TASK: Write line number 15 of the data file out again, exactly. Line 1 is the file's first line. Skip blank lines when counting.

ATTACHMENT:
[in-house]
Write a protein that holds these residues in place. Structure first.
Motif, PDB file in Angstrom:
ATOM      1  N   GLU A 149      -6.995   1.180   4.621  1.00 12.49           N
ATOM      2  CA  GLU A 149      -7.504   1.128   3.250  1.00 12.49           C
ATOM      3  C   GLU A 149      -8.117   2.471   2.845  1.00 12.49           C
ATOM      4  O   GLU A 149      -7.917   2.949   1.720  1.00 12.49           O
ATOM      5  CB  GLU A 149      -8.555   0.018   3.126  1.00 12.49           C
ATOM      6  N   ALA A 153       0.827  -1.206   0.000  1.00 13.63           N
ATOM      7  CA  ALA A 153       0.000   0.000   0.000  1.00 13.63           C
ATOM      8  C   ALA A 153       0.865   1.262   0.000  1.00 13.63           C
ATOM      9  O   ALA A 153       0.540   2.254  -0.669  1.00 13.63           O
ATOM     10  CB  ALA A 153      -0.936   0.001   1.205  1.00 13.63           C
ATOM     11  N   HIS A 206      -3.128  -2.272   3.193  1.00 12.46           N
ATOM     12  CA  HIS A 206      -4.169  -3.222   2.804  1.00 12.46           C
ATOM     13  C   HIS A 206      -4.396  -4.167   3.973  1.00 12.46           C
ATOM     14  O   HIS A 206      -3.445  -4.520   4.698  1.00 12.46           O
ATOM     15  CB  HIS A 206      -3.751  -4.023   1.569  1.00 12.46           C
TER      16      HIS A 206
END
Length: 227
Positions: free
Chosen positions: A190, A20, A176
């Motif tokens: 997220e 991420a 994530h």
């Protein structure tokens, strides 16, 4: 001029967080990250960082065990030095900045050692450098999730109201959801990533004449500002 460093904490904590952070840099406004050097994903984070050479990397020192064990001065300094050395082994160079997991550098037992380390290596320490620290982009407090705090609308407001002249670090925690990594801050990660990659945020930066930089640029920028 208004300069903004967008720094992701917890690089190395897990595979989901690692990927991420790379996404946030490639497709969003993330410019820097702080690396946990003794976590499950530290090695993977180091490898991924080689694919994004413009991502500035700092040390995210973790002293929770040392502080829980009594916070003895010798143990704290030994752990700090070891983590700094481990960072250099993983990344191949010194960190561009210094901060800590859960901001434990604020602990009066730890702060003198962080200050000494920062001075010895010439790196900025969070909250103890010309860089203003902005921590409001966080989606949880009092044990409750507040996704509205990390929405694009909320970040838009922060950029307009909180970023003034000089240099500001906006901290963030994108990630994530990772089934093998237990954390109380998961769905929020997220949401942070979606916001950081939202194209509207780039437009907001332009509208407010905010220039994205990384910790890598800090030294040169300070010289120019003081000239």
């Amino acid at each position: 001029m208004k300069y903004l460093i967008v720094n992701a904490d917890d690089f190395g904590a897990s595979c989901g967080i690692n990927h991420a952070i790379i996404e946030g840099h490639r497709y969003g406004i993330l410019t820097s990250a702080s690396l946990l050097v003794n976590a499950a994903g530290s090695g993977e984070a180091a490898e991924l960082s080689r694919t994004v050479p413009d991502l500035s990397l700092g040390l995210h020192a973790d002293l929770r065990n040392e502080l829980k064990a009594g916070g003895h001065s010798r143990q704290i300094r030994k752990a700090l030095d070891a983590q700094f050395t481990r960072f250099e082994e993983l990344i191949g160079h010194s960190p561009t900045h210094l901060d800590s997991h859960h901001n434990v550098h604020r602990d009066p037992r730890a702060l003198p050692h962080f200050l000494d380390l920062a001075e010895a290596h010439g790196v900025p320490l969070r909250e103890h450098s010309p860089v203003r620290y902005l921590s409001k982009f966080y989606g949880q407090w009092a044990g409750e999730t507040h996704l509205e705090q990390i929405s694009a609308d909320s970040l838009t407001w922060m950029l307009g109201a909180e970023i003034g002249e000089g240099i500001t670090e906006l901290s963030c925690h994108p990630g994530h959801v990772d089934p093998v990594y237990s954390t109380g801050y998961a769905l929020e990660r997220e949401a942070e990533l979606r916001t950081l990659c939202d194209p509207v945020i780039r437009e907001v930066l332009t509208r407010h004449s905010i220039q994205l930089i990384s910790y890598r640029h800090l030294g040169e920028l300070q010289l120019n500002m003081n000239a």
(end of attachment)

ATOM     12  CA  HIS A 206      -4.169  -3.222   2.804  1.00 12.46           C